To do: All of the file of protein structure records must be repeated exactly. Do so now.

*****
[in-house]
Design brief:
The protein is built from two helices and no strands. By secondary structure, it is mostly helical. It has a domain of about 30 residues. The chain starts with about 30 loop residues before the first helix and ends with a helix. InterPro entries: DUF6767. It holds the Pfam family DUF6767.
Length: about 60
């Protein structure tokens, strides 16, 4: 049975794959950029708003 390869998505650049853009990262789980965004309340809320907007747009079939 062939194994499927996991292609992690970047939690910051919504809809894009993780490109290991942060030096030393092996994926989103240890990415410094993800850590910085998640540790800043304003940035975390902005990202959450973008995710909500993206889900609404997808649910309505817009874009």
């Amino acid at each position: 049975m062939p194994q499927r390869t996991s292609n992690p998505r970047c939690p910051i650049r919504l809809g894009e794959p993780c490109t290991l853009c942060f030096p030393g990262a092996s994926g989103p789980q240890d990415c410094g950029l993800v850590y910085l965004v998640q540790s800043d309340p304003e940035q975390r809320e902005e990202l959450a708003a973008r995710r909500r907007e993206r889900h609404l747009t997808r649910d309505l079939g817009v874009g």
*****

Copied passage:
[in-house]
Design brief:
The protein is built from two helices and no strands. By secondary structure, it is mostly helical. It has a domain of about 30 residues. The chain starts with about 30 loop residues before the first helix and ends with a helix. InterPro entries: DUF6767. It holds the Pfam family DUF6767.
Length: about 60
């Protein structure tokens, strides 16, 4: 049975794959950029708003 390869998505650049853009990262789980965004309340809320907007747009079939 062939194994499927996991292609992690970047939690910051919504809809894009993780490109290991942060030096030393092996994926989103240890990415410094993800850590910085998640540790800043304003940035975390902005990202959450973008995710909500993206889900609404997808649910309505817009874009």
């Amino acid at each position: 049975m062939p194994q499927r390869t996991s292609n992690p998505r970047c939690p910051i650049r919504l809809g894009e794959p993780c490109t290991l853009c942060f030096p030393g990262a092996s994926g989103p789980q240890d990415c410094g950029l993800v850590y910085l965004v998640q540790s800043d309340p304003e940035q975390r809320e902005e990202l959450a708003a973008r995710r909500r907007e993206r889900h609404l747009t997808r649910d309505l079939g817009v874009g």